On top of that, The egg consuming group also saw a greater increase in beneficial high-density lipoprotein (HDL), so there was actually a benefit to consuming eggs.   

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Observational studies have also shown the same type of results. Studies involving both Japanese subjects, as well as, those following a Mediterranean diet ultimately found no association between regular egg consumption and risk of cardiovascular problems.(4)

Another observational study showed that consuming one to six eggs per week did not increase risk of stroke or coronary artery disease. Consuming more than six eggs per week, on the other hand, increased the risk of coronary artery disease in subjects that were already diabetic.

It should be noted, however, that while the above observational study suggests an increased risk of heart disease in diabetics with higher egg consumption, other controlled trials failed to find any such association.

 For example, 140 diabetics and pre-diabetics were studied for three months.  They were randomly assigned to eat two eggs at least six times a week, or less than two eggs per week.  No significant difference was found in HDL, LDL, triglycerides, or glycemic control.

Benefits of Eating Eggs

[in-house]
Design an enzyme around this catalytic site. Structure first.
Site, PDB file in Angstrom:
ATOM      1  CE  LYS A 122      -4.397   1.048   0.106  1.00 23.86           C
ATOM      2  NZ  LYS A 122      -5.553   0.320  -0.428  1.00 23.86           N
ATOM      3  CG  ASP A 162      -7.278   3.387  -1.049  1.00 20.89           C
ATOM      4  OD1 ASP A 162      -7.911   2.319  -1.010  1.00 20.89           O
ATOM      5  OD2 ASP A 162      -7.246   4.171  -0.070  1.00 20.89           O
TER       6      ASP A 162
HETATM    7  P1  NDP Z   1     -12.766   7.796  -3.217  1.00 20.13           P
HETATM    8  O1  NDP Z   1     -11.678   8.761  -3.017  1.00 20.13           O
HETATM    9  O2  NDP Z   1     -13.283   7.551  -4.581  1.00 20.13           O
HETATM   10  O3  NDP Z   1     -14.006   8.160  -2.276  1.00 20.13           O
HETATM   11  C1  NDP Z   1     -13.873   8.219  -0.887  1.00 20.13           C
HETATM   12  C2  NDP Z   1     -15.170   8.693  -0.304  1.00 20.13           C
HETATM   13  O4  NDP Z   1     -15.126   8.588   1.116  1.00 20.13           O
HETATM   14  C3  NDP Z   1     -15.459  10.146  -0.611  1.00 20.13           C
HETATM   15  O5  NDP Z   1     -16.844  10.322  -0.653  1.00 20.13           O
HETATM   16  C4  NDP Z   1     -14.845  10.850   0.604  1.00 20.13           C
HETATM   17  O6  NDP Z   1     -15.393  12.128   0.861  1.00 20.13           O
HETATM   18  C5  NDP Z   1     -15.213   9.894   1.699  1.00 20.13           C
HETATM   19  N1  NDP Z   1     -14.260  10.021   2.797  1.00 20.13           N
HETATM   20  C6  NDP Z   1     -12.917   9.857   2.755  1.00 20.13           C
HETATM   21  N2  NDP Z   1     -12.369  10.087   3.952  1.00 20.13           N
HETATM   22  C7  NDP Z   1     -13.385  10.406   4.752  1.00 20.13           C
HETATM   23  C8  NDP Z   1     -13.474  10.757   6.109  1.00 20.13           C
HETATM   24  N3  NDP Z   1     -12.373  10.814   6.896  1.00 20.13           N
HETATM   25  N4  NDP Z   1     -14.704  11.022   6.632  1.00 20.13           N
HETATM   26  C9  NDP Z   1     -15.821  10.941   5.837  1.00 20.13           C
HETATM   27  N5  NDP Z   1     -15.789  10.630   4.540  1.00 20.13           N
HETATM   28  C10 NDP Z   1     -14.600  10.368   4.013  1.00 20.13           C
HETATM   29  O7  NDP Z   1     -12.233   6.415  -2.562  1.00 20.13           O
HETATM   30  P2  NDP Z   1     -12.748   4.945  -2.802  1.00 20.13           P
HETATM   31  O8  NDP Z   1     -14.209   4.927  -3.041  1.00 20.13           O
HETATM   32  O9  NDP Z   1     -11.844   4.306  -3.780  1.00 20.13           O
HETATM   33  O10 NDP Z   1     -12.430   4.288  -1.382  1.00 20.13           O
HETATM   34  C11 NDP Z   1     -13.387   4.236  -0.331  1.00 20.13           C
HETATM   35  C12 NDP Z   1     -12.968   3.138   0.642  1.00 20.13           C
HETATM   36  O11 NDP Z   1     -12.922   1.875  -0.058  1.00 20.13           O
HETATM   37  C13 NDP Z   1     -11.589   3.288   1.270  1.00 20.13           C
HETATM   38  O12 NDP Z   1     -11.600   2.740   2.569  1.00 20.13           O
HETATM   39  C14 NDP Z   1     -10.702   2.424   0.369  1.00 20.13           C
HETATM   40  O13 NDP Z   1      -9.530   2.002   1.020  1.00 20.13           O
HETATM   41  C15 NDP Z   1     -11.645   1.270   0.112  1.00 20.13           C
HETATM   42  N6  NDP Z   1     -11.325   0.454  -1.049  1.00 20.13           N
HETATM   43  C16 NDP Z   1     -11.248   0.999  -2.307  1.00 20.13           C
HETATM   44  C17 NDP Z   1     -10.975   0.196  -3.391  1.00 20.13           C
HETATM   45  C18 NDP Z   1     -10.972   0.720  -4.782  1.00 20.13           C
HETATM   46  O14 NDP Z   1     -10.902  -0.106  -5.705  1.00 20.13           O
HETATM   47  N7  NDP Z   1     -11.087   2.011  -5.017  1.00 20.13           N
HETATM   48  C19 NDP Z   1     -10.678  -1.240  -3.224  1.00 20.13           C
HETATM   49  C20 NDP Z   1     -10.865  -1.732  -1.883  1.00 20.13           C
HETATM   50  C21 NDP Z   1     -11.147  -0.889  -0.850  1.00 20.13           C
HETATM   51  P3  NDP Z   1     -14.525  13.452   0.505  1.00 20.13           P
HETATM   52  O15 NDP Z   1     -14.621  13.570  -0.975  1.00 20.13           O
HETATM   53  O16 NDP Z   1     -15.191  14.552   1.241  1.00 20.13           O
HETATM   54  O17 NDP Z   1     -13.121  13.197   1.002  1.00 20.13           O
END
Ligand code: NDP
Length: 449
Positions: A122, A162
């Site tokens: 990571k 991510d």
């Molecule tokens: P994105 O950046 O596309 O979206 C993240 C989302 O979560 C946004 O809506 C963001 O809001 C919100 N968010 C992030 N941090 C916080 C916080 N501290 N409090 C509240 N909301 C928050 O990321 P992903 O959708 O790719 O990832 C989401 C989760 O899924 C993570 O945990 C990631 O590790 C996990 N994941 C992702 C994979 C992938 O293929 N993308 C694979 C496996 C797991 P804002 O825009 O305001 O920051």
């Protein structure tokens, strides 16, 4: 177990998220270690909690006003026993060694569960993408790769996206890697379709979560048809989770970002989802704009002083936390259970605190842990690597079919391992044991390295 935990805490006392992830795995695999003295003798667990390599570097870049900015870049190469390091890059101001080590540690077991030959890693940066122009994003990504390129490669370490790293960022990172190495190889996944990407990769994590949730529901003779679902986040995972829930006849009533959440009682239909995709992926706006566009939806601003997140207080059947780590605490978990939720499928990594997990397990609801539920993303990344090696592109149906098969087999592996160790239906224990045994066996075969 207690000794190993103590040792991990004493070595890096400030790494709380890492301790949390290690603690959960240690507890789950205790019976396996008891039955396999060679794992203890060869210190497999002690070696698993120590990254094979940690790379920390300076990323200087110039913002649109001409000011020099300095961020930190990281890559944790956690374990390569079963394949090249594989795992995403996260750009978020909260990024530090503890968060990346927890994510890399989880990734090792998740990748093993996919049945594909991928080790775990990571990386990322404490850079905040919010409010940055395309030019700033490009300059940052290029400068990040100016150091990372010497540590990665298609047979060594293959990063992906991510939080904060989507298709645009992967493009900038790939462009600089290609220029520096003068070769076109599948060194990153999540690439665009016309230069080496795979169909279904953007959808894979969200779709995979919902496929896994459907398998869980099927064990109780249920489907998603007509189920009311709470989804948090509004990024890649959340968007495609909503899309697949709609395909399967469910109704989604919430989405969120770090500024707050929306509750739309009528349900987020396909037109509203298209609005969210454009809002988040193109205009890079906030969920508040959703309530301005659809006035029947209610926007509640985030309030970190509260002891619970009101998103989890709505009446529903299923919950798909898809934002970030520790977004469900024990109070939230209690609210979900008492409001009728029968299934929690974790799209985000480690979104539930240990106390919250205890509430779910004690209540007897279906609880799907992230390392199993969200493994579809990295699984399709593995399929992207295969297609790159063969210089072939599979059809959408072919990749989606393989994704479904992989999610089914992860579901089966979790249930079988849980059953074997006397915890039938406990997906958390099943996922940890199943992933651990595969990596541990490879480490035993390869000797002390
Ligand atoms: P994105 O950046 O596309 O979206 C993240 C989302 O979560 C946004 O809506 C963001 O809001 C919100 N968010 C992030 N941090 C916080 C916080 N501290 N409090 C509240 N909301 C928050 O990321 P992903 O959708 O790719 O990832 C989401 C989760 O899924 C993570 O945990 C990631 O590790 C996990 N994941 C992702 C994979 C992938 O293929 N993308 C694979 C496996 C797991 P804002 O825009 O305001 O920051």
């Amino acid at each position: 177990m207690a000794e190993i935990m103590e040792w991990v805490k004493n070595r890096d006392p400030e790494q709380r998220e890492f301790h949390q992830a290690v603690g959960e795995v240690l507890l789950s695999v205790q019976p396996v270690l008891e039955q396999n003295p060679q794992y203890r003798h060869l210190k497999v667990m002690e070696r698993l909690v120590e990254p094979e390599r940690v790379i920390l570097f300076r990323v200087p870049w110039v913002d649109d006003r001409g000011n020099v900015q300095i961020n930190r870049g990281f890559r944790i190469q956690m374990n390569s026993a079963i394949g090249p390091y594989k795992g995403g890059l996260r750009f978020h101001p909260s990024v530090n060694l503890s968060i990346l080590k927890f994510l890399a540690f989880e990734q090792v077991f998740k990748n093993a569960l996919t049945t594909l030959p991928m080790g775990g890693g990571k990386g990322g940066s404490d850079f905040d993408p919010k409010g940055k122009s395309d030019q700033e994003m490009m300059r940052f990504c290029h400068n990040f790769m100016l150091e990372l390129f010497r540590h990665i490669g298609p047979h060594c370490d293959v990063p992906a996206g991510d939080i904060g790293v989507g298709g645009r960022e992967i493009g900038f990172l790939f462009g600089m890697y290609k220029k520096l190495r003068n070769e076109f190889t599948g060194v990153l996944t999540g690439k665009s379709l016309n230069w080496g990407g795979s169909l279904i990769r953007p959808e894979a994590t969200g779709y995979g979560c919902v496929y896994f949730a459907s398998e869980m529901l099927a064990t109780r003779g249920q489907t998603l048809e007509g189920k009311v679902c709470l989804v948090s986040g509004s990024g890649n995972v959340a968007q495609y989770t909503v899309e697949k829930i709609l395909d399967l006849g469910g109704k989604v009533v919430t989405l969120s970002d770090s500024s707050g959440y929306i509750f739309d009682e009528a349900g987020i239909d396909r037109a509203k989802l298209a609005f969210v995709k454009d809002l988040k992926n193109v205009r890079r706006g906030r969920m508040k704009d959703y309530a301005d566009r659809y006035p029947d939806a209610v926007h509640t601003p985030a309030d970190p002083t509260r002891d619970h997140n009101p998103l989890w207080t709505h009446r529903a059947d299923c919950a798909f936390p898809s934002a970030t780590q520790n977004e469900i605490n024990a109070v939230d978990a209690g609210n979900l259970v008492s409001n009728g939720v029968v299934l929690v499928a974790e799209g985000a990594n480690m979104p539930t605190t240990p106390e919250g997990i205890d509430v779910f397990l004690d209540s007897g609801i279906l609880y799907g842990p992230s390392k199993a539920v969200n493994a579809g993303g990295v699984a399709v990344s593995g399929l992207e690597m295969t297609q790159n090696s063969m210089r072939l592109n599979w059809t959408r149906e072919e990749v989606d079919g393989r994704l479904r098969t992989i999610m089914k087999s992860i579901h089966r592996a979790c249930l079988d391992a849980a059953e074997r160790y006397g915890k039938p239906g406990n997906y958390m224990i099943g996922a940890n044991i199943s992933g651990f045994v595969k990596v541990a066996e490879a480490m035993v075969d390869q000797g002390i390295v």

Now that research has shown us that there's no reason to fear eggs, let’s take a look at some of the benefits associated with egg consumption.

1. They’re a High-Quality Protein Source

Eggs are an excellent source of protein.  They’re also readily available, extremely versatile, and reasonably priced, especially compared to many other protein sources.  A large egg white contains 3.6 grams of protein, with the yolk containing 2.7. 

Egg protein contains all nine essential amino acids and has a high biological value, meaning it’s easy for the human body to absorb.(5) Typically, animal sources of protein, such as eggs, fish, and meat, have higher biological values than plant-based sources of protein.

2. Eggs are Loaded With Essential Micronutrients

In addition to being an excellent source of protein, eggs are also loaded with micronutrients -- they contain a variety of different essential vitamins and minerals, which is why some people refer to them as a “superfood.”

They actually contain small amounts of just about every vitamin and mineral required by the human body, including B vitamins, calcium, iron, potassium, zinc, manganese, and vitamin E. 

Eggs also contain the fat-soluble vitamins A and D, both of which are essential for skin health. The one nutrient they do lack is vitamin C.